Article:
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I have always thought that it is best, when forced to use images in websites, to use the smallest images as possible. However, if that means using several small images to get the same result as one large image, I am unsure if this is then also not good because of making more HTTP requests.

What is the best approach in this case?

  • Few large images = larger files to download
  • Many small images = small files to download but many HTTP requests

When I say "many", I just mean 4 or 5 as opposed to the one large image.



Just to let you know the difference in file size that I am talking about. In one case that I have come across today:

  • Using the one large image = 1 request @ 11.3KB
  • Using five small images = 5 requests @ 1.2KB (total)
share|improve this question
Are you referring to different sizes of the same image, or different images put into one large image file, and positioned with CSS? – Curt Jul 27 '11 at 10:46
I think you are asking me if I am talking about sprites. No I'm not - I'm talking about one image that could be broken down into 4 or 5 very small images and then used alongside CSS background colours and repeating backgrounds, as opposed to using the full image. – Leah Jul 27 '11 at 12:19
Why the downvote? – Leah Jul 27 '11 at 13:13
Why the downvote? Seems like a decent question to me.. – Curt Jul 27 '11 at 13:20
up vote 0 down vote accepted

I would recommend using many small images rather than one large image.

The reason for this is that if, on one page, you have a content background with rounded corners, and its all done as one image that will be better than having multiple HTTP requests for the same effect.

However, if on another page, you have a similar content background, then theyre will have to be another large image.

If the first background was broken down into multiple images, theres a chance the 2nd background may be able to use some of these images, saving multiple HTTP requests. For example, if both images have rounded corners, the second page could use the same rounded corners, and just a new image for the main content area.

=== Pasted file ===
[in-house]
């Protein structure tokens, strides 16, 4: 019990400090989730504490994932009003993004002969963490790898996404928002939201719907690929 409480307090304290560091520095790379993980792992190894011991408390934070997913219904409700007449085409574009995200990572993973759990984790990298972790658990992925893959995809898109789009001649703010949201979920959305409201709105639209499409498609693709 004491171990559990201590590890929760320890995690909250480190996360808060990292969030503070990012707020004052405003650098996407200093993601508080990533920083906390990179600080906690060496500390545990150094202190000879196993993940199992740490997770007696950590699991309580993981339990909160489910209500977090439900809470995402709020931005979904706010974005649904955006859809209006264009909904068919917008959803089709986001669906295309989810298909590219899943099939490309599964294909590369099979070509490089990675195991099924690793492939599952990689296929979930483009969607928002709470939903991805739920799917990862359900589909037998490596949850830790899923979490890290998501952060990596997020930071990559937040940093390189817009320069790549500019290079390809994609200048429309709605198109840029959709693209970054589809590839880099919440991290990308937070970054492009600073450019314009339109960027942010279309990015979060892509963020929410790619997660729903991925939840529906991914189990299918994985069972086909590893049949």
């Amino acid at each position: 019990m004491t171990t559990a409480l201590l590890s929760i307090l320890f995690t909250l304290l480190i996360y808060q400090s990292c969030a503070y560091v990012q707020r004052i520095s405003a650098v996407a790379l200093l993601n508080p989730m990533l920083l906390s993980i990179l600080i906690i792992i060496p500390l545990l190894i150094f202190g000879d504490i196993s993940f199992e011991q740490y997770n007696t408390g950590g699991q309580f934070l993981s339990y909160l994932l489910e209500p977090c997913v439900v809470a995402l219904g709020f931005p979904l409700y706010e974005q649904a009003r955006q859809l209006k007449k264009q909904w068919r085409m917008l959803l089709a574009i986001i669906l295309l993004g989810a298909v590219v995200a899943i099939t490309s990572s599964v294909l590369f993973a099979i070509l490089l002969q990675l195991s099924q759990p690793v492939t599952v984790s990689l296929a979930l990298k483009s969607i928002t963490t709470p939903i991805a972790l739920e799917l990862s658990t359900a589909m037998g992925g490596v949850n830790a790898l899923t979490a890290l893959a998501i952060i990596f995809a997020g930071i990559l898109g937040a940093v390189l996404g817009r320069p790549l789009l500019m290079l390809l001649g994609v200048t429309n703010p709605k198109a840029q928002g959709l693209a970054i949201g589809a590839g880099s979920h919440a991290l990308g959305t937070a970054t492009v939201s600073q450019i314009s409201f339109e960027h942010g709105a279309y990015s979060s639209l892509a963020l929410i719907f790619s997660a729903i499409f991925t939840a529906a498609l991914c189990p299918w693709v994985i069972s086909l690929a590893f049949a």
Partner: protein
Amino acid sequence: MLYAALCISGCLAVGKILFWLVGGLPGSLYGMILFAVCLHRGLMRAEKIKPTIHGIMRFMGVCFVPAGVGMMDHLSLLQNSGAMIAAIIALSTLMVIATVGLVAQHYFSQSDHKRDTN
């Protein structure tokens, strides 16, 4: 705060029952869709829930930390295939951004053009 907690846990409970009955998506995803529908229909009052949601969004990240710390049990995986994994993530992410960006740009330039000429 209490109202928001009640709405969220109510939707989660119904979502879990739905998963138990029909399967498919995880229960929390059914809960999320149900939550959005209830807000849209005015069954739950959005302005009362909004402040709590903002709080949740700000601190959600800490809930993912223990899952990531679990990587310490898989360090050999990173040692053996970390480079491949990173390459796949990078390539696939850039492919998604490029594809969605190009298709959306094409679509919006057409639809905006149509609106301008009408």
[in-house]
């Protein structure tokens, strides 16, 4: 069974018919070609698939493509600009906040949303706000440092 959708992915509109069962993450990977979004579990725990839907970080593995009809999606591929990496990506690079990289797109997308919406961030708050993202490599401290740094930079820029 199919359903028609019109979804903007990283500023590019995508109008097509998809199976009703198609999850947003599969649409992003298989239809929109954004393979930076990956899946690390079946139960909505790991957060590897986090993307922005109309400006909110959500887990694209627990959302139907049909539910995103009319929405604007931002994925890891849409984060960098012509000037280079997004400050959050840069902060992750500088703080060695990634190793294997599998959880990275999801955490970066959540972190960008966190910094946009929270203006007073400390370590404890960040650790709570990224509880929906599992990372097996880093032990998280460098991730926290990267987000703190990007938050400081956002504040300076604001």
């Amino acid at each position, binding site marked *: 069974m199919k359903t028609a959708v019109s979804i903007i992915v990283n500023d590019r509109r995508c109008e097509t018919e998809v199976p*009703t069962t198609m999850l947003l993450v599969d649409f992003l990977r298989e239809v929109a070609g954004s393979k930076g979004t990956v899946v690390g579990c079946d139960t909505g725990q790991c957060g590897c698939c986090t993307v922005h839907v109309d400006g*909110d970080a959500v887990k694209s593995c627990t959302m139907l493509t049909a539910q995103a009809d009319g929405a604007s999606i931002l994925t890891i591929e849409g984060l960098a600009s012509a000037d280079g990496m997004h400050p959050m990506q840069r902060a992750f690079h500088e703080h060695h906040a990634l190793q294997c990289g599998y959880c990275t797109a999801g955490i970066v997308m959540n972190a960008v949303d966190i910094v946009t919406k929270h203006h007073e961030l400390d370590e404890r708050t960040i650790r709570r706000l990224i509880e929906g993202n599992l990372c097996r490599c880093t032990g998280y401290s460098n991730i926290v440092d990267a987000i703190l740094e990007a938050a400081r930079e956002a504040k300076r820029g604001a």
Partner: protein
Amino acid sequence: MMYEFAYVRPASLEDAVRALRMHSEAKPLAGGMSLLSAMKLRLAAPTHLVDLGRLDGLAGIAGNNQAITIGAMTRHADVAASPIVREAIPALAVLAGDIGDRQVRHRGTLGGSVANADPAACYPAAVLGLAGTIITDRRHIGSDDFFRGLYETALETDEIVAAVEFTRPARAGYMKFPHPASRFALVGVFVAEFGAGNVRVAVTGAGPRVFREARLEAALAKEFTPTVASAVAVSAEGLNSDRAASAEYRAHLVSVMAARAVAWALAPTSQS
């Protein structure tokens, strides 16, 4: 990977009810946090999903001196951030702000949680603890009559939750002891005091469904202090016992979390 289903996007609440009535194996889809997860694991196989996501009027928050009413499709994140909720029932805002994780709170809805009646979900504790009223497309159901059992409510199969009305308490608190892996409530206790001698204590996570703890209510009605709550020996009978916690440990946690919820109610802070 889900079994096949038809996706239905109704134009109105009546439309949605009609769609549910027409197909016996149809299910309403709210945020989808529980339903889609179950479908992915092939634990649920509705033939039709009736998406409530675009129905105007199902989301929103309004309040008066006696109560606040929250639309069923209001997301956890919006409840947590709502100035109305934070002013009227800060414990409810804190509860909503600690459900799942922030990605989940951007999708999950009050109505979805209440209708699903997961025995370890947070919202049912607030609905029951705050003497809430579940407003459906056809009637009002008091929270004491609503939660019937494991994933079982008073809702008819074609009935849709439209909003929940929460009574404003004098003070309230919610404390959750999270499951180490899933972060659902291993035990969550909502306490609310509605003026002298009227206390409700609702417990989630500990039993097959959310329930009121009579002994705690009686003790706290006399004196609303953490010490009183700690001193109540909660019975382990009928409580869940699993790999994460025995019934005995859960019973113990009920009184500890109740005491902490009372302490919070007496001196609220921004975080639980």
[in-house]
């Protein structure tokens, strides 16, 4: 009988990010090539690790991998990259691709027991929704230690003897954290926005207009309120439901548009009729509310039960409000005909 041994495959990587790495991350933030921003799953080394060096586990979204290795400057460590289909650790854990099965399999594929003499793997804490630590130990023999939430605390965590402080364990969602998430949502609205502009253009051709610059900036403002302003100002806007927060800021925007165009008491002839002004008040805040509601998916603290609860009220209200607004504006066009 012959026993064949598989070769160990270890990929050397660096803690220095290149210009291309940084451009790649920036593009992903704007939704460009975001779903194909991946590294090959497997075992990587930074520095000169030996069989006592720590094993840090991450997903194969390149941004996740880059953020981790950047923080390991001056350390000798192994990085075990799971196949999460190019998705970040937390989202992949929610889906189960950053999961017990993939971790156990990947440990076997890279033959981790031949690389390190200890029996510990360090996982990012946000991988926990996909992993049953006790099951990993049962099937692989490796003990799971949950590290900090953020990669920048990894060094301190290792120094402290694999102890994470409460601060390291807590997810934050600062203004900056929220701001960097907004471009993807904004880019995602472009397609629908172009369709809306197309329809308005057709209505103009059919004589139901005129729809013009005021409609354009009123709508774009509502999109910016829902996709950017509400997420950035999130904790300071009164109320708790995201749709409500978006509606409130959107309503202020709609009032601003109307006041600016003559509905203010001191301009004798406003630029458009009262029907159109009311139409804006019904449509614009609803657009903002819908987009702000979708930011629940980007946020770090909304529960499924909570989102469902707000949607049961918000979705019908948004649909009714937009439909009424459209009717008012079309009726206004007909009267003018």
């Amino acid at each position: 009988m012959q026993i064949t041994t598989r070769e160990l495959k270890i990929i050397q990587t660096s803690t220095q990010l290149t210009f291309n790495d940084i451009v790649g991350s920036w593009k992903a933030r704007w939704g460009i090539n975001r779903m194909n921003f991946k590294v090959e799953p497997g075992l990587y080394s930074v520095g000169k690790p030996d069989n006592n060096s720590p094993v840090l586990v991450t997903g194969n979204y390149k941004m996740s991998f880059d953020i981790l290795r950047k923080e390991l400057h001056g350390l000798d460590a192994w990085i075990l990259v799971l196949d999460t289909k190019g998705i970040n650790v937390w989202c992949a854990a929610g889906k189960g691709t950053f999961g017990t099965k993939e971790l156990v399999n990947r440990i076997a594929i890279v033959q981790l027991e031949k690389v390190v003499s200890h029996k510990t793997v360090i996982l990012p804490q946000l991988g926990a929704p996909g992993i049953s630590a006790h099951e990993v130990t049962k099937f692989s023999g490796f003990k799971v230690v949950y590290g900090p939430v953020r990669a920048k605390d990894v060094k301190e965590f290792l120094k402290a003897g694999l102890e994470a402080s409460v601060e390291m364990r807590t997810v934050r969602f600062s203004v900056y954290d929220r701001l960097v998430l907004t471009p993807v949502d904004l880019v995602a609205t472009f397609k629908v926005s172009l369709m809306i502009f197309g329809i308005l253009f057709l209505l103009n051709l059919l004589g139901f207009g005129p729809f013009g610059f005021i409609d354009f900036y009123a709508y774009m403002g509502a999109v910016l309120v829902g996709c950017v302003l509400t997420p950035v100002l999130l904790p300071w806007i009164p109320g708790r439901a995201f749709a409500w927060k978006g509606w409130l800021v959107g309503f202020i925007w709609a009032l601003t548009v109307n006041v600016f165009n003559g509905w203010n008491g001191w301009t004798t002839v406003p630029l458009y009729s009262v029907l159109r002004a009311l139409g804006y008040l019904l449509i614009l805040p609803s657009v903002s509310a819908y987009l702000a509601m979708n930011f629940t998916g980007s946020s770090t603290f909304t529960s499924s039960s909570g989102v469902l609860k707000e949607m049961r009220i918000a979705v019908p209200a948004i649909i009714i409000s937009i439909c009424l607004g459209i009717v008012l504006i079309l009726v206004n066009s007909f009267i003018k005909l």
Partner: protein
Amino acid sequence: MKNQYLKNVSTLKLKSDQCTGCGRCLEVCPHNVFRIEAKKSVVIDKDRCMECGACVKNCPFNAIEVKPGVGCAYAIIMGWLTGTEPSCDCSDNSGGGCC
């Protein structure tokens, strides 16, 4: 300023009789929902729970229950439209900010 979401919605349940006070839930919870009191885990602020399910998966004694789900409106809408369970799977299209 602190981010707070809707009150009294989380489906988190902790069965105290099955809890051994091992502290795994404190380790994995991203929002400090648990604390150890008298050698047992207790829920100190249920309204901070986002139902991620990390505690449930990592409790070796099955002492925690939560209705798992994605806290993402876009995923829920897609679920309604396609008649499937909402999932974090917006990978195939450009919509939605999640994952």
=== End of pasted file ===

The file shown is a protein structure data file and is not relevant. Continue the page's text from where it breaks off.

share|improve this answer
Why the downvote? – Curt Nov 16 '11 at 14:00
Meant to add a comment when I did it but got distracted... – Andy Davies Nov 20 '11 at 17:01
Latency rather than the size of the images (within reason) is the most import factor here. You're loading the first page with the latency of the extra requests that a subsequent page may need and the visitor may not ever go to the second page. In the original question the latency of the extra-requests (especially if slow-start is involved) will probably outweigh the extra bandwidth used. – Andy Davies Nov 20 '11 at 17:08

I would advise using 1 big image instead of several smaller ones.

The total size (in bytes) is gonna be (roughly) the same wether or not you use 1 big file or several smaller ones. But as you already pointed out, you're making more HTTP handshakes which will slow things down.

For multiple websites I work on, we try to combine multiple same-kinded images into 1 image file, just to cut back on HTTP Handshakes.

share|improve this answer
In the case I am talking about, I am referring to using 4 or 5 very small images, some of which are then used as repeating backgrounds and others for things like rounded corners etc. (I know I could use CSS3 for rounded corners, but in some cases the round corners do make a big difference to the design and losing them on browsers that don't support CSS3 is a problem). And then I use background colours using CSS where possible. So I try to use CSS where possible and then only use the images if necessary. Thanks for your suggestion. – Leah Jul 27 '11 at 12:25
You absolutely want to use one image, and use "Sprite" techniques to combine multiple images into one. Watch with Fiddler to see if you also save bytes-on-wire by losing HTTP response header overhead. You should also go read Steve Souders' "Building High Performance Websites" for other tips. – EricLaw Jul 27 '11 at 12:53
Yes I agree using sprites would be best, so probably the answer I'm looking for is "neither" really - neither one big or many small images. What I was referring to in my question is the type of large images that should (in my opinion) be broken into smaller chunks but I was just wondering how bad large file size was in comparison to more http requests. – Leah Jul 27 '11 at 13:49

As EricLaw points out in Johan's answer; another solution would be to combine the smaller images into one image which you can then manipulate with CSS Sprites. This solution has the following benifits:

  • reduced the number of HTTP requests (since you're only requesting one image)
  • allows caching for reuse with different backgrounds (as pointed out in Curt's answer)
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